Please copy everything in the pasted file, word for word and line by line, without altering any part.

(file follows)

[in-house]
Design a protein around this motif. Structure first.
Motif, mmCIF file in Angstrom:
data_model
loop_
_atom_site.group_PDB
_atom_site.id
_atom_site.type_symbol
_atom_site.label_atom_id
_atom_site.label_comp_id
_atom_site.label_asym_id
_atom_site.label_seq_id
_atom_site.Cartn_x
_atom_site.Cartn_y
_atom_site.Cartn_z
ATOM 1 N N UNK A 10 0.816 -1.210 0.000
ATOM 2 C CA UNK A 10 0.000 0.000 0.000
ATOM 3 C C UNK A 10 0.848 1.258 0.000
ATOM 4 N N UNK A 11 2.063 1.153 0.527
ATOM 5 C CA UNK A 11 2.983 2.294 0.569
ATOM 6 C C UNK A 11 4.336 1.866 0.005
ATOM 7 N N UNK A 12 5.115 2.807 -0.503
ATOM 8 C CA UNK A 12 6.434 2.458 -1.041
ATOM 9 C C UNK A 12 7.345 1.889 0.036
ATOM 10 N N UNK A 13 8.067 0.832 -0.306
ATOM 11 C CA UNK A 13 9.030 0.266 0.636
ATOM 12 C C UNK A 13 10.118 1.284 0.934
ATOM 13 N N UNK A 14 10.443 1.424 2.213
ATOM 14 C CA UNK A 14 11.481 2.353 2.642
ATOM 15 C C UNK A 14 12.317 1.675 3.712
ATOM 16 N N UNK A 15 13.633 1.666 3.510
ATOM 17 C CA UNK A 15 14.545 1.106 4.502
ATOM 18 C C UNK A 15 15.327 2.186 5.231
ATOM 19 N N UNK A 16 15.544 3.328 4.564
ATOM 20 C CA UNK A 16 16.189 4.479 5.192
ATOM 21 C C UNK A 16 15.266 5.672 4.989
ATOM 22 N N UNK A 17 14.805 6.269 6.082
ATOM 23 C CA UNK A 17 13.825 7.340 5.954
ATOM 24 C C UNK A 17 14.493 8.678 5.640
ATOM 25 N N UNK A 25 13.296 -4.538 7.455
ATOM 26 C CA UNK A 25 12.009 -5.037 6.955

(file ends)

[in-house]
Design a protein around this motif. Structure first.
Motif, mmCIF file in Angstrom:
data_model
loop_
_atom_site.group_PDB
_atom_site.id
_atom_site.type_symbol
_atom_site.label_atom_id
_atom_site.label_comp_id
_atom_site.label_asym_id
_atom_site.label_seq_id
_atom_site.Cartn_x
_atom_site.Cartn_y
_atom_site.Cartn_z
ATOM 1 N N UNK A 10 0.816 -1.210 0.000
ATOM 2 C CA UNK A 10 0.000 0.000 0.000
ATOM 3 C C UNK A 10 0.848 1.258 0.000
ATOM 4 N N UNK A 11 2.063 1.153 0.527
ATOM 5 C CA UNK A 11 2.983 2.294 0.569
ATOM 6 C C UNK A 11 4.336 1.866 0.005
ATOM 7 N N UNK A 12 5.115 2.807 -0.503
ATOM 8 C CA UNK A 12 6.434 2.458 -1.041
ATOM 9 C C UNK A 12 7.345 1.889 0.036
ATOM 10 N N UNK A 13 8.067 0.832 -0.306
ATOM 11 C CA UNK A 13 9.030 0.266 0.636
ATOM 12 C C UNK A 13 10.118 1.284 0.934
ATOM 13 N N UNK A 14 10.443 1.424 2.213
ATOM 14 C CA UNK A 14 11.481 2.353 2.642
ATOM 15 C C UNK A 14 12.317 1.675 3.712
ATOM 16 N N UNK A 15 13.633 1.666 3.510
ATOM 17 C CA UNK A 15 14.545 1.106 4.502
ATOM 18 C C UNK A 15 15.327 2.186 5.231
ATOM 19 N N UNK A 16 15.544 3.328 4.564
ATOM 20 C CA UNK A 16 16.189 4.479 5.192
ATOM 21 C C UNK A 16 15.266 5.672 4.989
ATOM 22 N N UNK A 17 14.805 6.269 6.082
ATOM 23 C CA UNK A 17 13.825 7.340 5.954
ATOM 24 C C UNK A 17 14.493 8.678 5.640
ATOM 25 N N UNK A 25 13.296 -4.538 7.455
ATOM 26 C CA UNK A 25 12.009 -5.037 6.955